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Edited by Toby Green and Benedetta Rossi


Paul S. Spalding


Jonathan Israel appears not to credit sufficiently how ‘moderates’ could contribute in practice to the agenda of the Radical Enlightenment. General Lafayette struck compromises with the old order in France up to 1792, for instance, but only so as to promote radical values that he had pursued from youth and would continue to pursue for the rest of his long life. Liberal or centrist sympathizers, particularly those in London and Hamburg, provide another instance. During Lafayetteʼs incarceration and exile in 1792–1799, they supported him financially, maintained secret communications, plotted breakouts, and publicized his case. By defying the traditional order and helping enable his release and eventual return to public activity, they too promoted the radical agenda.


Gabriela Stoicea


This essay explores some of the ways in which Jonathan Israel’s concept of Radical Enlightenment can be made useful for literary studies. An in-depth analysis of Sophie von La Roche’s novel Geschichte des Fräuleins von Sternheim (1771) will show that although Israel offers little in the way of new insights into eighteenth-century gender relations, his pluralistic account of the Enlightenment does provide a fresh lens through which to reexamine the literary merits of female writers. It will also be argued that the benefits of pairing historiography with literary fiction run both ways – in other words, that La Roche, in turn, can help address what is missing from Israel’s thinking, namely an acknowledgment that some of the foremost intellectual debates of the time were also waged on literary ground, and also by women.


Hughes Félicité Robert de Lammenais

Edited by Sylvain Milbach and Richard Lebrun

Lamennais: A Believer’s Revolutionary Politics, edited by Richard A Lebrun, offers English translations (by Lebrun and Jerry Ryan) of the most influential and controversial writings of Félicité de Lamennais, a French priest who began his career as a Traditionalist, became the founder of Liberal Catholicism in the early 1830s, and then left the Church after his ideas were condemned by Rome. Sylvain Milbach’s comprehensive Introduction and Annotations place these writings in the context of the author’s intellectual history and the political, religious, and intellectual situation in France in the first half of the 19th century.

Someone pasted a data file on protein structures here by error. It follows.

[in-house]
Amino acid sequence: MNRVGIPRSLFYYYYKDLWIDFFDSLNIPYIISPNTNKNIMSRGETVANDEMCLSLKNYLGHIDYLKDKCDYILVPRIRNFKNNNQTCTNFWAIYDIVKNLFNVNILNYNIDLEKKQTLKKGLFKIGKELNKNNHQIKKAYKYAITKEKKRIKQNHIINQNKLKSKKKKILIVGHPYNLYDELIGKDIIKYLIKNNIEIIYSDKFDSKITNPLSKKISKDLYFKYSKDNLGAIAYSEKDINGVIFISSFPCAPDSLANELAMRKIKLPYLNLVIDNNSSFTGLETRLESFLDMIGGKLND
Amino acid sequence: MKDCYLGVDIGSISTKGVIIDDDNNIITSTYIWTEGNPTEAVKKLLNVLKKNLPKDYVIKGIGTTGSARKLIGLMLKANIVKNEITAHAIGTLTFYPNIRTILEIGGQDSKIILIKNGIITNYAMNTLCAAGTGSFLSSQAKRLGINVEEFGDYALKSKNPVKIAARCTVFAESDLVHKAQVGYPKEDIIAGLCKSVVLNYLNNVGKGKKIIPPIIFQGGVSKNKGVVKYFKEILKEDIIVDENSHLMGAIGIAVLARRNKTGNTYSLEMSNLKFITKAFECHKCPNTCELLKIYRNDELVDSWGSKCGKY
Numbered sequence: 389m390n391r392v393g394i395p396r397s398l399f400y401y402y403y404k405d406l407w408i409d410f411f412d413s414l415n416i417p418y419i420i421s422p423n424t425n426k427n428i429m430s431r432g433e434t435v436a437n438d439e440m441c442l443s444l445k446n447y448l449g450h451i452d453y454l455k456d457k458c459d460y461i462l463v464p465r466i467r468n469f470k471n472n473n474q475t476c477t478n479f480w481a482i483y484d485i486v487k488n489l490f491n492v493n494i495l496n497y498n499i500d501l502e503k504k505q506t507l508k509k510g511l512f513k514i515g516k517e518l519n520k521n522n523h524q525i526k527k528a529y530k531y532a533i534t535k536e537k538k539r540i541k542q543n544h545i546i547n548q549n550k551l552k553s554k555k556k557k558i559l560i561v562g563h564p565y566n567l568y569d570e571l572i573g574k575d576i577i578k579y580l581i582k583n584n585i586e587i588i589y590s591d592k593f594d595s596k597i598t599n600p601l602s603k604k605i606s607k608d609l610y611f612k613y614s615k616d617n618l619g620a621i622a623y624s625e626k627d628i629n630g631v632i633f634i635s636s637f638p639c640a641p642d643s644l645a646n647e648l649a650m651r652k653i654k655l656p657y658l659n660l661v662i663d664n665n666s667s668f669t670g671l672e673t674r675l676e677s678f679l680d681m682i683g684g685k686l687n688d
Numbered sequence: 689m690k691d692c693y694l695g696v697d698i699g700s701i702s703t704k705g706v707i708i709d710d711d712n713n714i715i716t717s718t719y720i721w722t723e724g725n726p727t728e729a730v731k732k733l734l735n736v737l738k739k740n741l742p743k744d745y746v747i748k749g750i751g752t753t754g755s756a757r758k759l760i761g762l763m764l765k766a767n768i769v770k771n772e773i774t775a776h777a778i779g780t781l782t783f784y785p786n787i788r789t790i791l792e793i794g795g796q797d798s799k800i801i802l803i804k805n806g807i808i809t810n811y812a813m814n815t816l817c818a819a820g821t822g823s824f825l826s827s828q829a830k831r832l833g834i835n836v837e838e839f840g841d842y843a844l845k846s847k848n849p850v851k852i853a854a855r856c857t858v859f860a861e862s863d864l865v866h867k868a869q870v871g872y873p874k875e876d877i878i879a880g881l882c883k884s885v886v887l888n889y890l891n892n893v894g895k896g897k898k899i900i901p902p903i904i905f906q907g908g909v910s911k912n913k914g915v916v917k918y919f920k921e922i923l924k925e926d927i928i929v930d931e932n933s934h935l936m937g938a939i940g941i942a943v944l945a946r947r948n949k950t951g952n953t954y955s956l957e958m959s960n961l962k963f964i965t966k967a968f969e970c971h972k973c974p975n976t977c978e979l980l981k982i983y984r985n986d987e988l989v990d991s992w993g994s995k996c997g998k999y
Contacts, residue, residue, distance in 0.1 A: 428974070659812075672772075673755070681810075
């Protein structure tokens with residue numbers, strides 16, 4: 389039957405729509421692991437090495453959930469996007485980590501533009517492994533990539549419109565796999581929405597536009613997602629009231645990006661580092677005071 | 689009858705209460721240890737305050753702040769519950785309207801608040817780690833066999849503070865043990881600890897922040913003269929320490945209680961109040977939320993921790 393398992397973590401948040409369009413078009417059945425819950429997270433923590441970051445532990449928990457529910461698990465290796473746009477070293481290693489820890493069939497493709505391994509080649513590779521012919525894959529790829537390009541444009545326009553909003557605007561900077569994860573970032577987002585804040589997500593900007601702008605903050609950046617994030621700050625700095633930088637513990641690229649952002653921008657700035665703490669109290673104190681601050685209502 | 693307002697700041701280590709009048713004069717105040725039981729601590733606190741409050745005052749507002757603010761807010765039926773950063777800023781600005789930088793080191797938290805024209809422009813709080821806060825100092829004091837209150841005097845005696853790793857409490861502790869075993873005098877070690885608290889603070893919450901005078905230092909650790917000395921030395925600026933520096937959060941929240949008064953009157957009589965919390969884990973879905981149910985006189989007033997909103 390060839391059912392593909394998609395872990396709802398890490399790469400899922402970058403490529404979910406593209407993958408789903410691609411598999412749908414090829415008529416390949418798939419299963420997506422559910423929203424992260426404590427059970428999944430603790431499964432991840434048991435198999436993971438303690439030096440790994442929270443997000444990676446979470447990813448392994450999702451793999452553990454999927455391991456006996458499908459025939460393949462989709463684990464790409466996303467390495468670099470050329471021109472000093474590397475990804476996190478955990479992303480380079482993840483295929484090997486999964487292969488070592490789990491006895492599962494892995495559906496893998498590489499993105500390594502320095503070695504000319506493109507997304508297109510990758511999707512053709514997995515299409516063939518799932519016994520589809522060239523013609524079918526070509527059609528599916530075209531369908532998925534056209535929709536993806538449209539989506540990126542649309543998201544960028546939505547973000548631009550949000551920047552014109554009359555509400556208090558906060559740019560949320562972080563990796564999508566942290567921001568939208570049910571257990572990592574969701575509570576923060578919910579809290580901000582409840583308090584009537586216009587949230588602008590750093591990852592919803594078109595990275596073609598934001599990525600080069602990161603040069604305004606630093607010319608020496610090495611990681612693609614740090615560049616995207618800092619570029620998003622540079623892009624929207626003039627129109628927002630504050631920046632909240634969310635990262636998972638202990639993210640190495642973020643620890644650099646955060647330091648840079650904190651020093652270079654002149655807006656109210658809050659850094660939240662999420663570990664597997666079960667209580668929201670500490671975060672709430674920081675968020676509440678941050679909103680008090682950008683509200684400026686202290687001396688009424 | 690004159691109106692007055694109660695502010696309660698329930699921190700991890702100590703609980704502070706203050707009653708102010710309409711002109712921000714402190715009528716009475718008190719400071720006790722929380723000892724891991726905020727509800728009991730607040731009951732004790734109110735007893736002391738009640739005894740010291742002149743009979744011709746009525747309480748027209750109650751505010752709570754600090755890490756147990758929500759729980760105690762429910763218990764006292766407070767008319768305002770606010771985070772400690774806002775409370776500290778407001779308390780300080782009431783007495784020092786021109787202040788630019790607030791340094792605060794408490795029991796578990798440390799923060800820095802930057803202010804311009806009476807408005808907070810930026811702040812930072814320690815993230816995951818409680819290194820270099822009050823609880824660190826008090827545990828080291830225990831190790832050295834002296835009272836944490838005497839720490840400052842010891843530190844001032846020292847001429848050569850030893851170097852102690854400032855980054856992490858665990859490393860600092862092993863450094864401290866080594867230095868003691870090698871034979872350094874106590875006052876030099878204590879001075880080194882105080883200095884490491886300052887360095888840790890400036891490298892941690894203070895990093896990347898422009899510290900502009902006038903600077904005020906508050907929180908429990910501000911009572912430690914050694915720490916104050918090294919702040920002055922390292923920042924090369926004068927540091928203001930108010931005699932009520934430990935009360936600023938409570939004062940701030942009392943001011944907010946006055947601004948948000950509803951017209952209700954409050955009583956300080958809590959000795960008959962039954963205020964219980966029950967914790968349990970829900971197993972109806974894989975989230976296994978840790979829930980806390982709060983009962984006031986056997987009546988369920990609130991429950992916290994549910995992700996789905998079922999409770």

Lamennais challenged traditional religious, political, and social thinking, leaving a fiercely debated reputation. The writings translated here allow 21st-century readers to judge him for themselves.

Robin Douglass

In this article, I show that Hobbes’s account of the generation of the commonwealth in both The Elements of Law and De Cive relies on ideas that he would come to theorise in terms of authorisation and representation in Leviathan. In this respect, I argue that the Leviathan account is better understood as filling in gaps and resolving equivocations in Hobbes’s theory, rather than marking a decisive break in his thinking. This argument is developed by substantiating two more specific theses. First, while Hobbes only explicitly distinguishes between the “alienation” and “authorisation” clauses of the covenant in Leviathan, the earlier versions of his theory rely on a two-clause account. Second, in the earlier versions of his theory, Hobbes equivocates between suggesting that the relation between the state and sovereign should be understood in terms of representation or identity; an equivocation that he would only resolve in Leviathan.

Timothy Raylor

Three student digests of uncertain origin have been identified among the Hobbes manuscripts now at Chatsworth. This article describes the physical composition and contents of the manuscripts, identifies their textual sources, adds two previously unnoticed digests to the gathering, and offers some suggestions about their character, likely dates, and provenance.